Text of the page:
Hong Kong Masters showjumping set for Mega Events Fund boost

The US$1 million meet looks likely to receive a similar sum from the government fund set up to help major sporting and cultural events

PUBLISHED : Thursday, 07 November, 2013, 10:34pm
UPDATED : Thursday, 07 November, 2013, 10:34pm

The US$1 million Longines Hong Kong Masters showjumping event in February could be boosted by a similar - or larger - sum by the Mega Events Fund.

A top official revealed on Thursday that an application had been made for a multimillion-dollar handout from the government fund established to help major sporting and cultural events.

It is believed the Tourism Commission's MEF is set to approve funding of HK$10 million for the three-day event, which will attract the world's top show-jumpers and their horses for the second successive year.

I'm confident we will be supported as we want to make this event a part of the Hong Kong sports and social fabric
Matthieu Gheysen

The MEF has recently rejected requests from the Hong Kong Golf Open and the Hong Kong Cricket Sixes for funding. In October, the latter event was cancelled due to lack of funds.

"We have applied for funds from the Mega Events Fund," Matthieu Gheysen, vice-president of EEM Asia, confirmed. "We applied last year too, but sent in our proposal too late. This time I'm confident we will be supported as we want to make this event a part of the Hong Kong sports and social fabric."

Gheysen refused to say how much money the organisers, working through the Hong Kong Equestrian Federation, had asked for. But he said it would help to pay for the costs of flying 64 horses from Europe to be used by the world's top 25 showjumpers at the event from February 21-23 at AsiaWorld Expo.

MEF rules do not permit funds to be used for prize money. It has been used in the past to pay appearance fees for golfers and cricketers.

"We don't pay any appearance fees for our riders as they are all invited and turn up to compete for the prize money, which at US$1 million is huge. But it is very costly transporting horses across the world. You roughly need HK$150,000 per horse to fly them down and back again and we have asked the government to be involved in this and other aspects like helping raise the profile of the event," Gheysen said.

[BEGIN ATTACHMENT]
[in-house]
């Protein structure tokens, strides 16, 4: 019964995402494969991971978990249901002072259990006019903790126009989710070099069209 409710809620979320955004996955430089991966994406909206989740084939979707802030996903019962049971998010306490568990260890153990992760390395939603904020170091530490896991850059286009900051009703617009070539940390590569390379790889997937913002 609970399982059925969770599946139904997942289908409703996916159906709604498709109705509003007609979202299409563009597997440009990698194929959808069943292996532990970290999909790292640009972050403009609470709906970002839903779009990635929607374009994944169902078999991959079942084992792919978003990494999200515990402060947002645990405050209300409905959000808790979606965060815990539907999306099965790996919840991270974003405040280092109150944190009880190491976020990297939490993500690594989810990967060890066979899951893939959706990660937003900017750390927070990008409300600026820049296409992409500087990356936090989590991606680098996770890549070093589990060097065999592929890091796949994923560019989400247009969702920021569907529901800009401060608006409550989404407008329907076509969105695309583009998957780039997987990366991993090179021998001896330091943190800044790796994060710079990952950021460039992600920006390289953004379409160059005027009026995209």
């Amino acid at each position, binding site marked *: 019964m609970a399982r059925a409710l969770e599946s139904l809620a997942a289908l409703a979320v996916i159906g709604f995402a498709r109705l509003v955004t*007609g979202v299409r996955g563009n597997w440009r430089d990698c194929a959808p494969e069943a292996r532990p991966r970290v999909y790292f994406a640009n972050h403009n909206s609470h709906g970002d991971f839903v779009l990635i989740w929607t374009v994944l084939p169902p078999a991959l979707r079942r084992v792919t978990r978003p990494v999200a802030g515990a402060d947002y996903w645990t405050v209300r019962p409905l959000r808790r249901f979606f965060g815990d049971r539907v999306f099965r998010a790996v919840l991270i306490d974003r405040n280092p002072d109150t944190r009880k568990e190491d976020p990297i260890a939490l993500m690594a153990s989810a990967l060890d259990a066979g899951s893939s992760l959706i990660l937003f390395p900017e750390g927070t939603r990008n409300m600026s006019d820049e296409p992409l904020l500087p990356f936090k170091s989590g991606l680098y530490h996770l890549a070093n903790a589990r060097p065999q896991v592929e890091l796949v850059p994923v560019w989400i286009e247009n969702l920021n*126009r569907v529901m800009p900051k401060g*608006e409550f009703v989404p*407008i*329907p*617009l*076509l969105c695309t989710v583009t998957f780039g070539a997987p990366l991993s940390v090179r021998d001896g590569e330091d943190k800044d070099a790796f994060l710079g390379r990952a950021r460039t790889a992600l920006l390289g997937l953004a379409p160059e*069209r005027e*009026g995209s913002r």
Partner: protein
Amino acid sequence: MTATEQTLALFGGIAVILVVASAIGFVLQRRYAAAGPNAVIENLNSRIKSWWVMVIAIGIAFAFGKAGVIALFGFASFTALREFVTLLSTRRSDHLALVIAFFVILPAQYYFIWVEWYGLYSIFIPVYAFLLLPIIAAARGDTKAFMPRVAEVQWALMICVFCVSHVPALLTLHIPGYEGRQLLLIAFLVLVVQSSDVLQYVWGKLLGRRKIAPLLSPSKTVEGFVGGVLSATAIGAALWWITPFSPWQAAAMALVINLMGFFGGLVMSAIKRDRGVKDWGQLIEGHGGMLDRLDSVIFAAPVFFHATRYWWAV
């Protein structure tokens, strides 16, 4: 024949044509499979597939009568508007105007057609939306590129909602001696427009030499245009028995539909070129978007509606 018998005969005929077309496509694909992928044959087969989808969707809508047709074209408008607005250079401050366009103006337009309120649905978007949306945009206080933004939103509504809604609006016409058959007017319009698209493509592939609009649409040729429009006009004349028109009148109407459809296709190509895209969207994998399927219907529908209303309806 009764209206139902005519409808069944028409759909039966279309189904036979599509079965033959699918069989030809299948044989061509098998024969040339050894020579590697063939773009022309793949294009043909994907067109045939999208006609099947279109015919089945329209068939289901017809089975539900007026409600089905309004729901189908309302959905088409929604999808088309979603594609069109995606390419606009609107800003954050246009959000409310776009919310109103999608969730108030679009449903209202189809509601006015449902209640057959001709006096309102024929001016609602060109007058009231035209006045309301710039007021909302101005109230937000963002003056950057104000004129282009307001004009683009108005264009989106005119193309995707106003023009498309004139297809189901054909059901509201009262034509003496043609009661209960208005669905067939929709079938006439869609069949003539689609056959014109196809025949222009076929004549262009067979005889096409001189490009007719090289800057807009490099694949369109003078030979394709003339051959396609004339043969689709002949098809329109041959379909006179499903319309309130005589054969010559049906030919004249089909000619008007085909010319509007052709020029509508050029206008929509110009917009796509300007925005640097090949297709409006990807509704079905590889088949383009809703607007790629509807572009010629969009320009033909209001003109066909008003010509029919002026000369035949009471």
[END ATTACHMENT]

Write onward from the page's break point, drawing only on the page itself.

Held for the first time in March this year, the Hong Kong Masters attracted seven of the world's top 10 riders.

Among those expected in February will be Britain's London Olympic gold medallist Ben Maher, world number one Christian Ahlmann of Germany and top-ranked woman rider Edwina Tops-Alexander of Australia.

"We will have a better idea of who will turn up once next month's opening leg in Paris is over as by then the riders will have to confirm their participation. But we are confident of another top-class field," Gheysen said.

Once again the event will be in the CSI (Concours de Saut International or International Jumping Competition) 5-star category - riders and horses will jump hurdles of the Olympic height of 1.60 metres - with world-ranking points up for grabs.

Two Hong Kong riders will also be invited to participate and that decision will be made by the local federation. Raena Leung Hou-ling and Kenneth Cheng Man-kit took part in the inaugural event.

Organisers will increase the capacity at AsiaWorld Expo, adding an extra 1,000 seats to the public tribune while also increasing VIP tables from 75 to 100.

"We were surprised at the response we got this year when more than 20,000 people turned out over the three days. We are now adding capacity to cater for 30,000 spectators, public and VIPs, over the three days. The plan is to make this event a major part of the sporting and social calendar in Hong Kong," Gheysen added.